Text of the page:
Referred to as “Brown Water Navy” are servicemen with direct exposure to the herbicide through various means of contact through water, air or manual distribution. The “Blue Water Navy” refers to those who were aboard ships docks near the Vietnam borders, but did not set foot on land or serve on vessels that entered inland waterways.
Means of fresh water
Ball said it was the supply of fresh water for the ships docked within harbors of Vietnam and war zones offshore that he contends where the exposure occurred.
He explained naval ships pull salt water from the ocean during a voyage into an evaporator mounted into the hull of the ship, and piped into the water distillation system. The water is purified using a high intensity heating system making it safe for human consumption (referred to as potable water). This water is then used for cooking, drinking, cleaning, personal hygiene, laundry and consumption.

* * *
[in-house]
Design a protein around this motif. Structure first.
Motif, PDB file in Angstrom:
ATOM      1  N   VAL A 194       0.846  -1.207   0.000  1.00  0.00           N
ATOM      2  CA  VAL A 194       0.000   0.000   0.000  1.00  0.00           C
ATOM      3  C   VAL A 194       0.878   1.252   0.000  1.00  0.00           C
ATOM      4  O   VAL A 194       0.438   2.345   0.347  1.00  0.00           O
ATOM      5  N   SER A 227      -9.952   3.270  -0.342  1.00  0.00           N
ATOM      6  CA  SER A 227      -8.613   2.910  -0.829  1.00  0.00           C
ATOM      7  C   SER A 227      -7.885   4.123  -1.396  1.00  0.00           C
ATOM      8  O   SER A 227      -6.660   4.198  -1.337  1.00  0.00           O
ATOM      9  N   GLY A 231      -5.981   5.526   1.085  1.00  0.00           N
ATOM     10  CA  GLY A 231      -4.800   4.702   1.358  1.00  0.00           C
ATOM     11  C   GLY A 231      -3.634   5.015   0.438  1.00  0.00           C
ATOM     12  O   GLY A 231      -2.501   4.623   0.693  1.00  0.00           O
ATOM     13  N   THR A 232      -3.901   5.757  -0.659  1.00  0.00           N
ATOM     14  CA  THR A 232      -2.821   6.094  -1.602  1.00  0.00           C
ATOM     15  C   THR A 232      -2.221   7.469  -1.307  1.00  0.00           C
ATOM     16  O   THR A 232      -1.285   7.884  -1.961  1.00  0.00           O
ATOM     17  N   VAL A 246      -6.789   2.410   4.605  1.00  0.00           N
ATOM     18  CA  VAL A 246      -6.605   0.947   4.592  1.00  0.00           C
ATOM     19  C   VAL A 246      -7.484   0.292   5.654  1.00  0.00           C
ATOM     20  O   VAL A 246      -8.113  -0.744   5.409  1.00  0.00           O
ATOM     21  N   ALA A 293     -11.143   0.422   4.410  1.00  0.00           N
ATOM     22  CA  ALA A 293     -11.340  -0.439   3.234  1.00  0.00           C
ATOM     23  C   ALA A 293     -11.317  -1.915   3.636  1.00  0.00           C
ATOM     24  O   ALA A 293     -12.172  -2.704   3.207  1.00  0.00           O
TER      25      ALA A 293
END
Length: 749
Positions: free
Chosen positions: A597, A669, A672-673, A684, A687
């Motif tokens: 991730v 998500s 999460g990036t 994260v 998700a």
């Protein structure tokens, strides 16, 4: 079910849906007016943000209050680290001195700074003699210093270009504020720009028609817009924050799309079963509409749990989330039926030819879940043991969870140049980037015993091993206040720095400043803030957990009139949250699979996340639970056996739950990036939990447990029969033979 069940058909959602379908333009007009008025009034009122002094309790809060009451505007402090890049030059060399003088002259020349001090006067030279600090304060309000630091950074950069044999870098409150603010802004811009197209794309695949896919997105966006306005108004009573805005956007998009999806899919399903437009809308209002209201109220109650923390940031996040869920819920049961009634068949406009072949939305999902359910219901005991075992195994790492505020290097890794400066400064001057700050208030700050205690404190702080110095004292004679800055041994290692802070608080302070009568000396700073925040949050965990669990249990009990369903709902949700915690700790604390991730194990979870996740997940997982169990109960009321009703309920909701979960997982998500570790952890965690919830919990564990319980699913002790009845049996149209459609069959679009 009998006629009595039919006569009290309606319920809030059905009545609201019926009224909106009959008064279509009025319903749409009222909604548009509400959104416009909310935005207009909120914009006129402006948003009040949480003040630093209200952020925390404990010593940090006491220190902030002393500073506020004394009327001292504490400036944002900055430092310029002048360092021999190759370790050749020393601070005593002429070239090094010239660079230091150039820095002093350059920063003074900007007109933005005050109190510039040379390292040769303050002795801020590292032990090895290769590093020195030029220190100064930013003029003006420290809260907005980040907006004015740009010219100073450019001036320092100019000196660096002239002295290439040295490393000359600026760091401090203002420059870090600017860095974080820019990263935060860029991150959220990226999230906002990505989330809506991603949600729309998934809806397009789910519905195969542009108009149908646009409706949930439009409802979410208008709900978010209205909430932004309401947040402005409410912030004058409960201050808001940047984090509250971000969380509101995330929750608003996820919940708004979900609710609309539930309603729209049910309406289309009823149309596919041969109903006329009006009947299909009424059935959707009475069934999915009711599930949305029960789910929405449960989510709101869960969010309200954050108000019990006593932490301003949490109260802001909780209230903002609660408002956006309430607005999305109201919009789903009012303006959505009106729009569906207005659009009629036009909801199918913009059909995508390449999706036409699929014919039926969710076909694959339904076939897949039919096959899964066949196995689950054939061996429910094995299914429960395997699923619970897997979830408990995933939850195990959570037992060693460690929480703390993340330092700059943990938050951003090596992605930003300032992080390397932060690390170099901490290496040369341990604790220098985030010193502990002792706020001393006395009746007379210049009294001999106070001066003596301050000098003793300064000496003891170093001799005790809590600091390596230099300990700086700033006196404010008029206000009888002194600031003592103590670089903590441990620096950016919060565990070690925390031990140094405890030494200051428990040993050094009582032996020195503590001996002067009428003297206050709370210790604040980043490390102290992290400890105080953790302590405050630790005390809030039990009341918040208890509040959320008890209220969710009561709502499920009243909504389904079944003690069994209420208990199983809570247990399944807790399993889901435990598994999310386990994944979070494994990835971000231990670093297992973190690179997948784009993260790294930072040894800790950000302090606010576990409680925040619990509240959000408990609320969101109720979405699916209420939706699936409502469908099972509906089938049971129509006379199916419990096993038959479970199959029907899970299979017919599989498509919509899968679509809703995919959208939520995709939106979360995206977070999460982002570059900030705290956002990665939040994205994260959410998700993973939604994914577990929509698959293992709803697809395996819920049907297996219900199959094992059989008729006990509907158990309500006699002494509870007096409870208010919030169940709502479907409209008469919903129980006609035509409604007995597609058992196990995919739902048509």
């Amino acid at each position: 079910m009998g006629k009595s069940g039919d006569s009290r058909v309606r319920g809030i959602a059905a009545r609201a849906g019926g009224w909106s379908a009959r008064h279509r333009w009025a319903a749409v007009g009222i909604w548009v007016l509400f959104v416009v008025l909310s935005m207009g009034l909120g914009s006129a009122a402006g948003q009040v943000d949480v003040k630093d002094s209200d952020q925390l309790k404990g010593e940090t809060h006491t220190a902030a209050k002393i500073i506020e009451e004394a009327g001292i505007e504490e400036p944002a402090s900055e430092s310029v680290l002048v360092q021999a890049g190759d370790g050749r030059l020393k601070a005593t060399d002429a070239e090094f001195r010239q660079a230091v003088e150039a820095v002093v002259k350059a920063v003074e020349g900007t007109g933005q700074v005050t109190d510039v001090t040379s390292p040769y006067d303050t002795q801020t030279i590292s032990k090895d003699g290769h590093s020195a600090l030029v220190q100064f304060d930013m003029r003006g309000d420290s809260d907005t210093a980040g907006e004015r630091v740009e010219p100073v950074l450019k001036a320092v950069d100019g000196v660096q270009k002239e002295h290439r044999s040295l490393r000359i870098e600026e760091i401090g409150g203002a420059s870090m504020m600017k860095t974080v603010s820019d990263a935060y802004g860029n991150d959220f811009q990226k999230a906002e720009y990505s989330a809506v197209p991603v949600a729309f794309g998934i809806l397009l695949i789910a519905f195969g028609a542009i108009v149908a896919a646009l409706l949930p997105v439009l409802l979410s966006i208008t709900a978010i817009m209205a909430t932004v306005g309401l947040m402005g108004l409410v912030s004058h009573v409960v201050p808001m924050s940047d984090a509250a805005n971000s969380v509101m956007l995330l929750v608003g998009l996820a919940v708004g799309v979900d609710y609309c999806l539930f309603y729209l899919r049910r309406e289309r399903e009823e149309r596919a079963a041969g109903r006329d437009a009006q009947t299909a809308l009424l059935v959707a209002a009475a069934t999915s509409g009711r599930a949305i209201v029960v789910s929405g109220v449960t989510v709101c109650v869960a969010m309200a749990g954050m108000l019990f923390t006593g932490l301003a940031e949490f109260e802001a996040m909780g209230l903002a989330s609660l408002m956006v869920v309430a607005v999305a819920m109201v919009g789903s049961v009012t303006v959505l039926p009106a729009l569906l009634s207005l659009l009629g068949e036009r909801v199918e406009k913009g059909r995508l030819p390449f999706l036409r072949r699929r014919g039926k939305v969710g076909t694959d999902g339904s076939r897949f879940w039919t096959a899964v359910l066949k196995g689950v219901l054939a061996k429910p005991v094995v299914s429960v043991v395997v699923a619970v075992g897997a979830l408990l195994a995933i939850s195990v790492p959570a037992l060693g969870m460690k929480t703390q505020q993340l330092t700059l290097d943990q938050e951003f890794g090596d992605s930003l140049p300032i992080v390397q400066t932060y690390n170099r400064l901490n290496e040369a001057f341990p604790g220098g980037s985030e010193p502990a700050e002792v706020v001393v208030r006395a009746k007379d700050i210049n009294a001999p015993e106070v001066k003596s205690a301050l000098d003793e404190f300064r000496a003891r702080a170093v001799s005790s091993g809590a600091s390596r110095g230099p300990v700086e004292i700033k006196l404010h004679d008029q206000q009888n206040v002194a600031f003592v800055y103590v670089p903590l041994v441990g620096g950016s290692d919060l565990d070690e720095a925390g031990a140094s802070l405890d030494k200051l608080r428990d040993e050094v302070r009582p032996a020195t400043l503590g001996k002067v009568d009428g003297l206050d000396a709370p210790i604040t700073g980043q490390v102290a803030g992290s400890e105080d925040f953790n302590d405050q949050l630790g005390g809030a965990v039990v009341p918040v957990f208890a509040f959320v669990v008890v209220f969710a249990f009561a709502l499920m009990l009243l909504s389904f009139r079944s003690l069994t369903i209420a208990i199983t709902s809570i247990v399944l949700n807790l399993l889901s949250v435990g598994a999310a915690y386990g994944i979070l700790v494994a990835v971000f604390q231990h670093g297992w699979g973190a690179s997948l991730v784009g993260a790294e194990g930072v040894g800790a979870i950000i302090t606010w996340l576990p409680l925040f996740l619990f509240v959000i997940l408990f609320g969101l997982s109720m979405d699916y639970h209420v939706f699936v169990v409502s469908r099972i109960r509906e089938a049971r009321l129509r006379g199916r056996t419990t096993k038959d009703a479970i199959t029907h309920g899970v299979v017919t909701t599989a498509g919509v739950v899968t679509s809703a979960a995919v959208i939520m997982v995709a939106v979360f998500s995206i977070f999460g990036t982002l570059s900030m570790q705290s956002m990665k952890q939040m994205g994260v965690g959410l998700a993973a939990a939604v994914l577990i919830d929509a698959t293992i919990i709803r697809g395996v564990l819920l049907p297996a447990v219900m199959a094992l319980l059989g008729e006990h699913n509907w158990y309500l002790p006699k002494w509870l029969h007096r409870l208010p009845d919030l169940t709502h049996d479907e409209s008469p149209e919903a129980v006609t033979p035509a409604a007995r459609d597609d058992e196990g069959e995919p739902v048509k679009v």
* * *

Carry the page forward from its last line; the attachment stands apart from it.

When docked, the ships have several options of receiving fresh potable water. One of which, is by barge from an inland port. Ball noted a place near Da Nang called Monkey Mountain, known to have a natural spring, a fresh water source.
“The Seabees were assigned to create a lagoon/reservoir by building a dam to hold the water. They installed water pipelines and pumps to take the water from the dam directly to the water barges. It went from an initial 4-inch pipeline system to a larger dam and an 8-inch pipeline with a reservoir that held 1.9 million gallons of water,” Ball said.
He contends some of the water was contaminated and taken to ships for human consumption.
After countless hours of research, Ball said much information is out there, but not all records are complete. Tracking down minute details can be painstaking and said sadly, “The problem is, it’s all up to the veteran to come up with the proof they were exposed.”